The Sod House Mural - by artist attribute

Illustration by Monique Roberts

The Inuvialuit

The Inuit of Arctic Alaska, Canada and Greenland once travelled much of year in search of game. They built different types of dwellings depending on their location, the time of year, and how long they would be staying in any one location. The Inuit of the western Canadian Arctic, who today call themselves Inuvialuit, built their traditional winter houses from driftwood and sod.

This type of house, called an igluryuaq, was an amazing form of architecture where family members lived in comfort throughout the long, frigid winter. An igluryuaq provided more than just shelter. It was a home, where people slept, ate, raised their children, played, visited, told stories and carried out many other social activities.

The Inuvialuit

The Inuvialuit

Inuvialuit means Real People in their language, Inuvialuktun. The Inuvialuit have lived in the western Canadian Arctic since long before living memory.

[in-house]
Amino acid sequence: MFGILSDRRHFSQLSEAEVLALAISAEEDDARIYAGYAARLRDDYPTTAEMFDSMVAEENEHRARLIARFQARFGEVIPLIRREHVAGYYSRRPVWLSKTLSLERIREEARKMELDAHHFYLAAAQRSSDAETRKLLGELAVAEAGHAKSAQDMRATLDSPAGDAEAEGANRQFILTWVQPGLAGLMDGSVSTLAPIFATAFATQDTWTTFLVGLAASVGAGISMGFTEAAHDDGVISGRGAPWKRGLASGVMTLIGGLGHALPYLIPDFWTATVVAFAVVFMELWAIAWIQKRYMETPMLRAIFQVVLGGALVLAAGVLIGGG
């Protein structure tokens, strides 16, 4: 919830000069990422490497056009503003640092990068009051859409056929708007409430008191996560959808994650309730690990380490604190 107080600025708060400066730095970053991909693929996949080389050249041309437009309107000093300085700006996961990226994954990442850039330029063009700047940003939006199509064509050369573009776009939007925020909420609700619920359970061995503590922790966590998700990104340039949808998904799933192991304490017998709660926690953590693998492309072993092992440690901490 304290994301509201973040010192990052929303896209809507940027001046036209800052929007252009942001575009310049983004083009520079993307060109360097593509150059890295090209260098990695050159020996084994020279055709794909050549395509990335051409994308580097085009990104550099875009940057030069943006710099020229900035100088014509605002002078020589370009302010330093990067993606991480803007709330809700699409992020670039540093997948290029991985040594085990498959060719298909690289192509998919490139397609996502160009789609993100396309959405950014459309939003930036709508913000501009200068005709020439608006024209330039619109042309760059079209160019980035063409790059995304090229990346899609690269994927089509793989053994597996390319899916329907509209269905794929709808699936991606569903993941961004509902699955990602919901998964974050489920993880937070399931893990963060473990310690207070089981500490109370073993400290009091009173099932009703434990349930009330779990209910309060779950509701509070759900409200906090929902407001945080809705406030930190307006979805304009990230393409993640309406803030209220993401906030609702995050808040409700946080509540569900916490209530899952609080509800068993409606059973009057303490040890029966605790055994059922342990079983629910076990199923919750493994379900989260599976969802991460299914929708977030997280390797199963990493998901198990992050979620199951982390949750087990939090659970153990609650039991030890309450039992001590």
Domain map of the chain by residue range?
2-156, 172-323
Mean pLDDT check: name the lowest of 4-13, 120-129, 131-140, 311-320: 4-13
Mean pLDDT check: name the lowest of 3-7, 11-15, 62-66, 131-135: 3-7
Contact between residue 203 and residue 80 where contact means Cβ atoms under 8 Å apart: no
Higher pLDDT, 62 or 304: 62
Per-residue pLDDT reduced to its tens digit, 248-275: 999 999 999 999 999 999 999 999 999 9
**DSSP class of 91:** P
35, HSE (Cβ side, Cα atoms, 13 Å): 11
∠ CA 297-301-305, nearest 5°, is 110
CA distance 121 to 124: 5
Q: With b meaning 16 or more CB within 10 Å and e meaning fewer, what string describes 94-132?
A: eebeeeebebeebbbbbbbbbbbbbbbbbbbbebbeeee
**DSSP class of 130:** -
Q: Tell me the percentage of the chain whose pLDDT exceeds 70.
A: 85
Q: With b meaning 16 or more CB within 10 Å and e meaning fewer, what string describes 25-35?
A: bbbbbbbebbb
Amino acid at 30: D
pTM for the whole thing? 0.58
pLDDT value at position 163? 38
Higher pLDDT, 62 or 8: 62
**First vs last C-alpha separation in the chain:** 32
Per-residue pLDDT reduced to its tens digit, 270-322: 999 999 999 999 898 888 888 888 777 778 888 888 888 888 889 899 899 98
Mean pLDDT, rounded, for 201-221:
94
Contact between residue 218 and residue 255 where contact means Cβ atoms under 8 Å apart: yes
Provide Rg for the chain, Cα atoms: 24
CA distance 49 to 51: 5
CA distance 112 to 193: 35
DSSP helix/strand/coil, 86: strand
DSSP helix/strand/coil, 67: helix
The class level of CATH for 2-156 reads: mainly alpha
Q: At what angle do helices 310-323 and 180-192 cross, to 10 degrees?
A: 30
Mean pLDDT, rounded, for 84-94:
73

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Dwellings

Dwellings

Learn more about traditional Inuvialuit dwellings and seasonal activities.
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Igluryuaq - The Sod House

Igluryuaq - The Sod House

Find out more about how an igluryuaq was built, and what life was like inside this type of winter dwelling.
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Igluryuaq - Virtual Tour

Virtual Tour

Learn more about Inuvialuit sod houses through computer recontructions and interactive virtual worlds.
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